Brain & Mind Computational Breakfast

A monthly breakfast and venue for informal conversation about topics such as artificial intelligence, neuroscience, human behaviour, and digital humanities. Welcome!
NB. The December edition will be held on Dec 17.
BMC Seminar poster with speaker photos.

Next seminar: Tuesday, 8 October

Topics and speakers:

Using domain knowledge in machine learning models: a deep dive into linear 
regression

Marijn van Vliet, Aalto University

Abstract:
Linear machine learning models are a powerful tool that can learn a data 
transformation by being exposed to examples of input with the desired output. 
But what if we don't have enough training data? I'm going to talk about how to 
help our model by giving it access to domain information. In order to do this, 
we must take a deep dive into how linear regression works.

 

Computational limits of clinical neuroscience

Prof. Tuukka Raij, Psychiatry, AoF clinical research fellow, HUS and Aalto NBE

Abstract:
I will present two computational challenges faced in the attempts to develop clinical tools for (personalized) neuropsychiatry. A classical challenge is poor replicability of neuroimaging studies that is partially related to the problem of multiple comparisons. Increasing availability of prior data in databases may allow using Bayesian prior images to weight correction for multiple comparisons, but to my knowledge, such methods wait to be established. A more recent challenge relates to predictive models, relying largely on machine learning, and hoped to help to predict outcome and to select optimal treatment at the individual level. It has been suggested that error of cross-validated prediction accuracy follows a binomial law, resulting in about +/- 20 % error bars in a typical-size brain-imaging study on 30 subjects (i.e. prediction accuracies below 70 % may equal tossing a coin). In addition to sample size, several factors contribute to the error that is difficult to estimate in a single study. Discussion between neuroscientists and computational scientist is needed to develop methods to estimate and minimize error in correction for multiple comparisons and in predictive models.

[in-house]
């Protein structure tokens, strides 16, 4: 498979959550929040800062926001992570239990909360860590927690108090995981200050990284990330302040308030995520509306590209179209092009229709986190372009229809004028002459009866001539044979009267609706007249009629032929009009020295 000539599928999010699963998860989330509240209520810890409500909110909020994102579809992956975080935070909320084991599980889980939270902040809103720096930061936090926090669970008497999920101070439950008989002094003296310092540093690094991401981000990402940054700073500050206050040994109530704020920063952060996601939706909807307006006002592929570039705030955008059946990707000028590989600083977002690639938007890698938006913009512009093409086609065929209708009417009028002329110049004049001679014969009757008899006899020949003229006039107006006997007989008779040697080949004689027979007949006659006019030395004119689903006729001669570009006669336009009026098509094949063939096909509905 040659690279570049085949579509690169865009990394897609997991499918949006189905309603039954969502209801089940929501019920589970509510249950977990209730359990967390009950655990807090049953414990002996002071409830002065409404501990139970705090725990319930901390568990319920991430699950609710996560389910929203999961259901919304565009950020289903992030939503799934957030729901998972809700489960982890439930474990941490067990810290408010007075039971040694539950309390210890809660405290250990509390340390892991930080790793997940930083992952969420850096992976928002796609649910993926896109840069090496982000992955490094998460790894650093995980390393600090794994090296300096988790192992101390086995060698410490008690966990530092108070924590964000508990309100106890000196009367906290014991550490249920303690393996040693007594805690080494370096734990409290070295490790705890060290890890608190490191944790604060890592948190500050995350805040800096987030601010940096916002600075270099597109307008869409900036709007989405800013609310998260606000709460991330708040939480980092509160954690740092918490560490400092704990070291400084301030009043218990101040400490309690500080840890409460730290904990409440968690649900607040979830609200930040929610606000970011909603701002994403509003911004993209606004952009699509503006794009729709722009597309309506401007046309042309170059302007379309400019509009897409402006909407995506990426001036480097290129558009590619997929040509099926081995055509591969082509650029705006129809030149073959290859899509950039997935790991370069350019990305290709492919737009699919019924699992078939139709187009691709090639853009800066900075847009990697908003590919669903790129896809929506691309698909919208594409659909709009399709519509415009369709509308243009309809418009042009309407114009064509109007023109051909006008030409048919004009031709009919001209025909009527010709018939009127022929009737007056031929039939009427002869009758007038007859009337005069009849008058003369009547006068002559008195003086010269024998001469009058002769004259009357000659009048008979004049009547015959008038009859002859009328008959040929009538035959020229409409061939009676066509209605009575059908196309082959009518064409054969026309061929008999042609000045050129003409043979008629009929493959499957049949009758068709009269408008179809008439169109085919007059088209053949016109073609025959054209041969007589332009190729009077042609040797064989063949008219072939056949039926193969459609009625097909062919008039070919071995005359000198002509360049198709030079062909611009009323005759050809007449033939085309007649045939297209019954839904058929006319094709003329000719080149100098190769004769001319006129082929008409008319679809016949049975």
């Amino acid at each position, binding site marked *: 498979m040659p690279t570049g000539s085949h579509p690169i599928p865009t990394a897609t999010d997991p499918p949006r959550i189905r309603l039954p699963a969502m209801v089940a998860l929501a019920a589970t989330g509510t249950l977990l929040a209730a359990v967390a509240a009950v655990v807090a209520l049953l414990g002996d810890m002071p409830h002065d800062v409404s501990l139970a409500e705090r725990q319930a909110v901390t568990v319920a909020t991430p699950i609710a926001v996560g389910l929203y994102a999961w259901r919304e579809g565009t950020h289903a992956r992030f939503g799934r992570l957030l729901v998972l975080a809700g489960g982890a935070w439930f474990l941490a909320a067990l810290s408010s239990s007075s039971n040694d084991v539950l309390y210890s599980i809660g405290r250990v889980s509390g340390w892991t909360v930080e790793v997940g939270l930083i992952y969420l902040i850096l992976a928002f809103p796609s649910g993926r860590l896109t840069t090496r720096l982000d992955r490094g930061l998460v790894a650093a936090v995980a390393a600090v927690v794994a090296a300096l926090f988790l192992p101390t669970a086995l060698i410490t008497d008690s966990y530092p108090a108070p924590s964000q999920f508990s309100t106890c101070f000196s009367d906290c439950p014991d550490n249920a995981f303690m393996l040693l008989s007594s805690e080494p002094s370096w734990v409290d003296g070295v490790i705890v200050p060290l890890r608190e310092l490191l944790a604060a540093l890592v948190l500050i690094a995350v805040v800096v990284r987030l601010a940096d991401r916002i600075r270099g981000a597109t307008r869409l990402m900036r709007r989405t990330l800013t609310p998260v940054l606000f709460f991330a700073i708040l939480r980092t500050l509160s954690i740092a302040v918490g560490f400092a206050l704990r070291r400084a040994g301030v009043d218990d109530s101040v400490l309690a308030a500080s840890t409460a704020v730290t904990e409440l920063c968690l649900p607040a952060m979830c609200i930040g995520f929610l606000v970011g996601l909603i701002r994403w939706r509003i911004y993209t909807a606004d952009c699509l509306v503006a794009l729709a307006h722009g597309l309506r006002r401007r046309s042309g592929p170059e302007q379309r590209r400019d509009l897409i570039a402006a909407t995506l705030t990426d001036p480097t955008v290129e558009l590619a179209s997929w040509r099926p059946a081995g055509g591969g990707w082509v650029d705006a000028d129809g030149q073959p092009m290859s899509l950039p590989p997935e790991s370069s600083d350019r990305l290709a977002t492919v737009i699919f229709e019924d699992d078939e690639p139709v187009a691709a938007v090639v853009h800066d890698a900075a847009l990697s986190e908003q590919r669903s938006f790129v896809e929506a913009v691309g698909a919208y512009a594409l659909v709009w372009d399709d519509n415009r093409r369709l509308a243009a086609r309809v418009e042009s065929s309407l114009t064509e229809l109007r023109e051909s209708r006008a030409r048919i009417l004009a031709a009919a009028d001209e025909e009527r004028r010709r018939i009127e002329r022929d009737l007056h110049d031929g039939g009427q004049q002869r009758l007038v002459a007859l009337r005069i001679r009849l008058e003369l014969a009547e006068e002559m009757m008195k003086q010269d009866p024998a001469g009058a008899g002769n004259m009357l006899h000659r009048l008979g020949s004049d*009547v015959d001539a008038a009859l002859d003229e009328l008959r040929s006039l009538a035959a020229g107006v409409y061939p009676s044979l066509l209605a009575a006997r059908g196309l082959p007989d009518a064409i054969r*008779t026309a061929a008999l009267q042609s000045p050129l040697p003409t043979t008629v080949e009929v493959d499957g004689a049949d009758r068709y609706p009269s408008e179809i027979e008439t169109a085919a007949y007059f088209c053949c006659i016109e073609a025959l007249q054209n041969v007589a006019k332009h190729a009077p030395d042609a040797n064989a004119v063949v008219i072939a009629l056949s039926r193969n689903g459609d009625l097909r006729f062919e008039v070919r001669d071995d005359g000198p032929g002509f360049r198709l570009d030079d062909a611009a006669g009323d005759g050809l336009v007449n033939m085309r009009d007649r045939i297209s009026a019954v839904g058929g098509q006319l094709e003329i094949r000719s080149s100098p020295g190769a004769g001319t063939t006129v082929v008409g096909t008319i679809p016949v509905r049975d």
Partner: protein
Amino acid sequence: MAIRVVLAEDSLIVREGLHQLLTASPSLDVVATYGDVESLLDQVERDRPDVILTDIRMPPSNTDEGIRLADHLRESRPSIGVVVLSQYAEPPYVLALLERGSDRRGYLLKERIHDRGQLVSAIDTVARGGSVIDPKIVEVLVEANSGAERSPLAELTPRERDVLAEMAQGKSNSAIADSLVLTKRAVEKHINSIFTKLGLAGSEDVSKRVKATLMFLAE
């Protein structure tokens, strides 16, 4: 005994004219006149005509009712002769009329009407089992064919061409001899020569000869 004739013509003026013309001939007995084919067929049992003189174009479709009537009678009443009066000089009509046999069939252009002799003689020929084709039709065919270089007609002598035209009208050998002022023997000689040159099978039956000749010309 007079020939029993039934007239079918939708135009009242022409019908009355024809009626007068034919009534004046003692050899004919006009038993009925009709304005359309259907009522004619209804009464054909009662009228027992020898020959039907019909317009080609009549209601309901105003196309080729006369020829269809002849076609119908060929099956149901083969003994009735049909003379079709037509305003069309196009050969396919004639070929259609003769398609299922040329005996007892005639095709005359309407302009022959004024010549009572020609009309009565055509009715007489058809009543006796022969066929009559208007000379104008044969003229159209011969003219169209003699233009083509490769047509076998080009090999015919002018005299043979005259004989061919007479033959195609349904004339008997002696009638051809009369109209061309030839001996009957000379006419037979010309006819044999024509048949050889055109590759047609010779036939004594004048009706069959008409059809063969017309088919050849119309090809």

Dates and Speakers after October

12 November
Juha Salmitaival, Pauliina Ilmonen

17 December (note the date exception!)
Matti Hämäläinen, Timo Roine

 

NB! The talks begin at 9:30. Breakfast is served on a first-come-first-serve basis at 9:15.

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Past Talks

Brain & Mind Computational Breakfast

A monthly breakfast and venue for informal conversation about artificial intelligence, neuroscience, human behavior, digital humanities. Read more!

Department of Neuroscience and Biomedical Engineering
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